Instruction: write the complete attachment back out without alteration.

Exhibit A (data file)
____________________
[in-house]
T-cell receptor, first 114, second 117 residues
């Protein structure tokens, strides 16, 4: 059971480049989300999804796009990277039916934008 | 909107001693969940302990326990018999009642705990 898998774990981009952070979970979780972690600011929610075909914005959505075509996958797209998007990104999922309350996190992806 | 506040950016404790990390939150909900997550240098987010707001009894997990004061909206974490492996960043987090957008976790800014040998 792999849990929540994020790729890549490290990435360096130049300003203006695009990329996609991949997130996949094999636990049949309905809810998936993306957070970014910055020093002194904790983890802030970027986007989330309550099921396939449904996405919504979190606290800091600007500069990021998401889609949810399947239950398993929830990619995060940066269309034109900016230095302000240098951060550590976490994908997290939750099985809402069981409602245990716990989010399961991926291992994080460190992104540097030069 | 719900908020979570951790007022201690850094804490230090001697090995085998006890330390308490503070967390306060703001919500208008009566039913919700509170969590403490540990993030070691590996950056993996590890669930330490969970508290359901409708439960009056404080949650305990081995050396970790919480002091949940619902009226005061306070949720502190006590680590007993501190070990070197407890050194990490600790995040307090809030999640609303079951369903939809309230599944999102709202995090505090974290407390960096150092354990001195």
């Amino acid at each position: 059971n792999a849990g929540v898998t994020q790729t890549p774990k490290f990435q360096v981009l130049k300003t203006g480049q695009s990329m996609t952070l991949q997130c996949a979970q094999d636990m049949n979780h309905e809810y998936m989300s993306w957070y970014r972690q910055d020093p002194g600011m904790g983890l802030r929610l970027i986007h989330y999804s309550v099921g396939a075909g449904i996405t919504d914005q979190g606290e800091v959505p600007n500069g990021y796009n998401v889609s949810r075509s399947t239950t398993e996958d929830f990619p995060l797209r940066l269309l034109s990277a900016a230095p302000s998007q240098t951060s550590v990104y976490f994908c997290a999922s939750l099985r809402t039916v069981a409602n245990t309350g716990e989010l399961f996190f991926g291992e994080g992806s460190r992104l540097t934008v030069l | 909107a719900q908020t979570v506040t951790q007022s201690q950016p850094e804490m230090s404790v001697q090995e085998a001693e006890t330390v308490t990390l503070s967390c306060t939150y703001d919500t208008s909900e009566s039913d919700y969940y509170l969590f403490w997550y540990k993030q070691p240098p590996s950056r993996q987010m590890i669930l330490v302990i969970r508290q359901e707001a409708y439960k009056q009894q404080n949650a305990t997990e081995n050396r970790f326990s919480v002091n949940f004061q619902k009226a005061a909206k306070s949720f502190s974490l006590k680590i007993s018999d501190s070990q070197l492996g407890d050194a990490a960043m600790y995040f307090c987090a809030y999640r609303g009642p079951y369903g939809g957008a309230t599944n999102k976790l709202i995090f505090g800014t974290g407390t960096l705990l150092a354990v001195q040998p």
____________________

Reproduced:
[in-house]
T-cell receptor, first 114, second 117 residues
């Protein structure tokens, strides 16, 4: 059971480049989300999804796009990277039916934008 | 909107001693969940302990326990018999009642705990 898998774990981009952070979970979780972690600011929610075909914005959505075509996958797209998007990104999922309350996190992806 | 506040950016404790990390939150909900997550240098987010707001009894997990004061909206974490492996960043987090957008976790800014040998 792999849990929540994020790729890549490290990435360096130049300003203006695009990329996609991949997130996949094999636990049949309905809810998936993306957070970014910055020093002194904790983890802030970027986007989330309550099921396939449904996405919504979190606290800091600007500069990021998401889609949810399947239950398993929830990619995060940066269309034109900016230095302000240098951060550590976490994908997290939750099985809402069981409602245990716990989010399961991926291992994080460190992104540097030069 | 719900908020979570951790007022201690850094804490230090001697090995085998006890330390308490503070967390306060703001919500208008009566039913919700509170969590403490540990993030070691590996950056993996590890669930330490969970508290359901409708439960009056404080949650305990081995050396970790919480002091949940619902009226005061306070949720502190006590680590007993501190070990070197407890050194990490600790995040307090809030999640609303079951369903939809309230599944999102709202995090505090974290407390960096150092354990001195």
């Amino acid at each position: 059971n792999a849990g929540v898998t994020q790729t890549p774990k490290f990435q360096v981009l130049k300003t203006g480049q695009s990329m996609t952070l991949q997130c996949a979970q094999d636990m049949n979780h309905e809810y998936m989300s993306w957070y970014r972690q910055d020093p002194g600011m904790g983890l802030r929610l970027i986007h989330y999804s309550v099921g396939a075909g449904i996405t919504d914005q979190g606290e800091v959505p600007n500069g990021y796009n998401v889609s949810r075509s399947t239950t398993e996958d929830f990619p995060l797209r940066l269309l034109s990277a900016a230095p302000s998007q240098t951060s550590v990104y976490f994908c997290a999922s939750l099985r809402t039916v069981a409602n245990t309350g716990e989010l399961f996190f991926g291992e994080g992806s460190r992104l540097t934008v030069l | 909107a719900q908020t979570v506040t951790q007022s201690q950016p850094e804490m230090s404790v001697q090995e085998a001693e006890t330390v308490t990390l503070s967390c306060t939150y703001d919500t208008s909900e009566s039913d919700y969940y509170l969590f403490w997550y540990k993030q070691p240098p590996s950056r993996q987010m590890i669930l330490v302990i969970r508290q359901e707001a409708y439960k009056q009894q404080n949650a305990t997990e081995n050396r970790f326990s919480v002091n949940f004061q619902k009226a005061a909206k306070s949720f502190s974490l006590k680590i007993s018999d501190s070990q070197l492996g407890d050194a990490a960043m600790y995040f307090c987090a809030y999640r609303g009642p079951y369903g939809g957008a309230t599944n999102k976790l709202i995090f505090g800014t974290g407390t960096l705990l150092a354990v001195q040998p």